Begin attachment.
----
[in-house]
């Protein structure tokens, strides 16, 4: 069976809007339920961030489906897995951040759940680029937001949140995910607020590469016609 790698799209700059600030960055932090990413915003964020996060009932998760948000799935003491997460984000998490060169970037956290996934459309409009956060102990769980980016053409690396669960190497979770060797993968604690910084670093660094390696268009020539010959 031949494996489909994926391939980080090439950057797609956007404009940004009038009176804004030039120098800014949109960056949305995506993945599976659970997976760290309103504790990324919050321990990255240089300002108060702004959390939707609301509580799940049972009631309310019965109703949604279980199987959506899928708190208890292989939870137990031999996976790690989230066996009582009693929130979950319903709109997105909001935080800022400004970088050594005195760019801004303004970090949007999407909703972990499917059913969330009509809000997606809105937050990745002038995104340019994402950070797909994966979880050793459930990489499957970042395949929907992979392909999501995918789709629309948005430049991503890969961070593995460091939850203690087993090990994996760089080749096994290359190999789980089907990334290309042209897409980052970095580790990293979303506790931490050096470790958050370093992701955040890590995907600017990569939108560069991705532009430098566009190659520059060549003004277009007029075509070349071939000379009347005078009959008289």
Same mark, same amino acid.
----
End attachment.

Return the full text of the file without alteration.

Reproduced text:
[in-house]
């Protein structure tokens, strides 16, 4: 069976809007339920961030489906897995951040759940680029937001949140995910607020590469016609 790698799209700059600030960055932090990413915003964020996060009932998760948000799935003491997460984000998490060169970037956290996934459309409009956060102990769980980016053409690396669960190497979770060797993968604690910084670093660094390696268009020539010959 031949494996489909994926391939980080090439950057797609956007404009940004009038009176804004030039120098800014949109960056949305995506993945599976659970997976760290309103504790990324919050321990990255240089300002108060702004959390939707609301509580799940049972009631309310019965109703949604279980199987959506899928708190208890292989939870137990031999996976790690989230066996009582009693929130979950319903709109997105909001935080800022400004970088050594005195760019801004303004970090949007999407909703972990499917059913969330009509809000997606809105937050990745002038995104340019994402950070797909994966979880050793459930990489499957970042395949929907992979392909999501995918789709629309948005430049991503890969961070593995460091939850203690087993090990994996760089080749096994290359190999789980089907990334290309042209897409980052970095580790990293979303506790931490050096470790958050370093992701955040890590995907600017990569939108560069991705532009430098566009190659520059060549003004277009007029075509070349071939000379009347005078009959008289």
Same mark, same amino acid.